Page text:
Radio Australia shortwave services silenced: “Like listening to our old aunt passing away”

Locals hold a wake to signal demise of ABC shortwave service; destroy a donated shortwave radio with a golden sledge hammer.

Many thanks to SWLing Post contributor, Dennis Dura, who shares the following report via ABC News 24 on Twitter:

Click here to view this video on ABC News 24’s Twitter feed.

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16 thoughts on “Radio Australia shortwave services silenced: “Like listening to our old aunt passing away”

  1. Pingback: Video: VL8A Alice Springs’ parting message in CW | The SWLing Post

  2. Troy Riedel

    “Like listening to our old aunt passing away”???

    No, girlfriend. Ex-girlfriend.

    Oh, she’s STILL out there. She’s hanging with “Satellite” (makes more money than I do). And hanging with FM (he is sexier). But me? Mr. Shortwave … I’ve gotten older. Gained some weight. And I lost my hair. She (Radio Australia) packed-up and left me … left me behind.

    I didn’t stay home to watch her leave. Instead I came home to the empty house … where there were dust circles on the end tables left from where her lamps sat for years.

    No, she ain’t dead! She’s still alive. She’s out there. She just chose to leave. Chose to leave ME, Mr. Shortwave.

    C’est la vie.

    Reply
  3. Keith Perron

    Funny how the people in this report said nothing until the very end. Why did they not come forward sooner? Instead the ABC/RA got responses from DXERS who don’t live in the target area.

    Reply
    1. Thomas Post author

      From what I gather, a very large number of Australians protested the closure of the shortwave services and many contacted their representatives after news of the closure spread. I’ve gotten emails from listeners in the Outback who aren’t radio enthusiasts, but listened to the NT service on shortwave for most of their lives. To them, ABC shortwave wasn’t a hobby, it was more like a public service/utility.

      Reply
    2. John Zavacki

      There had been active petitions and formal request/compaints since the first announcement to shut it down, even very vocal opposition from high standing public officials, from what I’ve read. All ignored by the powers that be.

      Reply
    3. Kire

      When your in the bush, it takes time to get the word out to get organised, etc. This summers closure was pretty much unannounced and they were back on after two weeks. Alot of people thought it was scheduled maintenence.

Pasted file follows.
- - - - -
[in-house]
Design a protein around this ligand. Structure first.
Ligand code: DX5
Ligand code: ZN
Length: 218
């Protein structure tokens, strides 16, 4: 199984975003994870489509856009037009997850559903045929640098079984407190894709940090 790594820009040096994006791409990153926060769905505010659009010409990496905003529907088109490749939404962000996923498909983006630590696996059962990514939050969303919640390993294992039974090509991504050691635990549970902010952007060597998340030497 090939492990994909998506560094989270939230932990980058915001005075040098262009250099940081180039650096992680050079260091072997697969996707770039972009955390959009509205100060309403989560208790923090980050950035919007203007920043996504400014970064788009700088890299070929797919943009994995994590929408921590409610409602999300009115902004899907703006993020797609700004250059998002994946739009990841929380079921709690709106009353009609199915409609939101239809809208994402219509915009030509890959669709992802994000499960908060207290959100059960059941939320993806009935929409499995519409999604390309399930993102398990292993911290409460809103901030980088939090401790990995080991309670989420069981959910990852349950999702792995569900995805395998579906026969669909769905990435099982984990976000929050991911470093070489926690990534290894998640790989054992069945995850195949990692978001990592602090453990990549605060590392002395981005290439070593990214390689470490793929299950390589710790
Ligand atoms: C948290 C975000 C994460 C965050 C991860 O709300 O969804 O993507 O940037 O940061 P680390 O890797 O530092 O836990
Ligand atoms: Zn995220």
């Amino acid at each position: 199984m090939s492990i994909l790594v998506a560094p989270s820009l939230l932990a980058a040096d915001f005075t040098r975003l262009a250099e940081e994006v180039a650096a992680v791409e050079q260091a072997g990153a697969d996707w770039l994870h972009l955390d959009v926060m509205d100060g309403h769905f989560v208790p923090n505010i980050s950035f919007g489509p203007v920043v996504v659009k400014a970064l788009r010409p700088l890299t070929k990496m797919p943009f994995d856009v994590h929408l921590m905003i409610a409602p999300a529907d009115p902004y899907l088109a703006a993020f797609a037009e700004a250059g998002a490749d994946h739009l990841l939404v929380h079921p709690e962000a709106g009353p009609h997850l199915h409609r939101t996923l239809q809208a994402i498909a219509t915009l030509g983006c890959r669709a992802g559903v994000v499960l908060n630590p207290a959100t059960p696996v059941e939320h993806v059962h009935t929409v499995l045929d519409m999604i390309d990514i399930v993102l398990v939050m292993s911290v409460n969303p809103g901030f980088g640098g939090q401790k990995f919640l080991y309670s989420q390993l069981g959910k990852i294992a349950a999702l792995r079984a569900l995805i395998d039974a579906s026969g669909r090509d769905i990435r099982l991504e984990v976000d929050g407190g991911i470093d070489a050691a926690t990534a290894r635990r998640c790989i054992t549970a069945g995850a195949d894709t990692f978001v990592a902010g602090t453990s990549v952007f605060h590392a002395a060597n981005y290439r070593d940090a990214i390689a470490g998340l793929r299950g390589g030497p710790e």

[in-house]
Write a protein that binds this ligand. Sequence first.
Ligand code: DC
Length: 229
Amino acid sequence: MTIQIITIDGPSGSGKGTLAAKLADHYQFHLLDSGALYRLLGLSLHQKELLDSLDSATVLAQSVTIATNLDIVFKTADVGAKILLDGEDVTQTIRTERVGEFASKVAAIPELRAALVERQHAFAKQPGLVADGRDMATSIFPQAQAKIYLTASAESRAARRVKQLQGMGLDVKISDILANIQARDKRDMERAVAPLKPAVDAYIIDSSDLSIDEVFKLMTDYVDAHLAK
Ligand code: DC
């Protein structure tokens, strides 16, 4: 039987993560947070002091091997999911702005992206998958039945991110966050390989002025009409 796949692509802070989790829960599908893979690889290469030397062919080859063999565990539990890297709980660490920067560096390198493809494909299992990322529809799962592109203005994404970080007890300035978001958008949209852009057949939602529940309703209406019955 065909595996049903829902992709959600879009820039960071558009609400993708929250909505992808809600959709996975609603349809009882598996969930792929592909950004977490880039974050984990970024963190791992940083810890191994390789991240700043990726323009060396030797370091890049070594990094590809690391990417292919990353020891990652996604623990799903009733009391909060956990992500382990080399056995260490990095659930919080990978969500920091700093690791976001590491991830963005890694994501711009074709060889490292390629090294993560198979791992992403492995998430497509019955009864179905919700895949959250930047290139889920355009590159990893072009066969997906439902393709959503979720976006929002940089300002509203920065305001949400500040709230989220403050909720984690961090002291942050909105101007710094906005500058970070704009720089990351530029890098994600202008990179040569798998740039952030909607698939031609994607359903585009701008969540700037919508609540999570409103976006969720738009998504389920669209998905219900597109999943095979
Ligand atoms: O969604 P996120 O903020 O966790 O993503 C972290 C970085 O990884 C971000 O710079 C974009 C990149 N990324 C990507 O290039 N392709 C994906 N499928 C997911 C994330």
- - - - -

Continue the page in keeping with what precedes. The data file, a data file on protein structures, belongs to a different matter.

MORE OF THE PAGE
Reply
    4. RonF

      Speak for yourself, Keith. Although I’m not in the target area for either the NT or RA services and therefore probably “just a DXer” in your eyes, I’m an Australian in Australia who did speak up – signed the petitions; wrote & spoke to my local member, communications minister, PM, and other politicians who’d commented on it; spoke to the relevant ABC people I could get hold of; and wrote to Michelle Guthrie about it.

      Is that “come[ing] forward” enough for you?

      Reply
  4. Luke Perry

    Yeah, I didn’t really want yo hear ‘the end’ but I am a glutton for punishment I guess. The sign off pretty much was on par with how the decision to end their shortwave service(s). No announcement or anything, just right to the interval signal and then dead air. Pretty cheap if you ask me and it is a big disservice to every listener and employee who was vested emotionally in the station. Sorry, I listen to radio not to the computer so I doubt I will be seeking them out anytime soon.

    Reply
    1. RonF

      Err … they destroyed what looks like a Digitech AR-1748 (Redsun or clone) donated by the local Jaycar shop/dealer. An average performer, way overpriced here, and poorly-built – I know the guys at one of the local stores hated them for their DOA / infant mortality rate. It’s only real saving grace is an IF output.

      Personally I think they did the world a favour, and if I’m wrong there’s a few million identical others to take its place…

      Reply
  5. Philippe Aeby

    What a shame and sad day! The people who the decision to scrap on shortwave should wonder why an high-tech nation like Japan is keeping their NSB shortwave service alive. One can reach -any- citizen at -any- time in case of emergency. The network is used under normal condition for financial and horse racing news.

    Get ABC back on shortwave!

    Reply
    1. john herman

      music teacher in elementary school played Waltzing Matilda on an autoharp. In 1968 I first hrd it on RA you can imagine my surprise.

      Reply
    2. RonF

      I’m not an especially sentimental person, but me neither.

      As a kid RA, being local, was my first ‘catch’ on my first radio – one of those Tandy [Radio Shack] regen kits that used a red molded plastic baseboard. Got it for Christmas, built it with help from my father, hooked it up, and – once I figured out how to stop it from squealing 😉 – the first thing I heard was “Waltzing Matilda” from what sounded like an old music box ;).

      As an Aussie, it’s always sent a tingle down my spine. I can’t bring myself to watch/listen to any of the recordings of the final sign-off…

      Reply
  6. John Zavacki

    Terrible that the ego of one sanctimonious person is all it takes to put so many peoples safety in danger and leave them out of contact, ignoring the voices of the public and their elected officials.

    Reply

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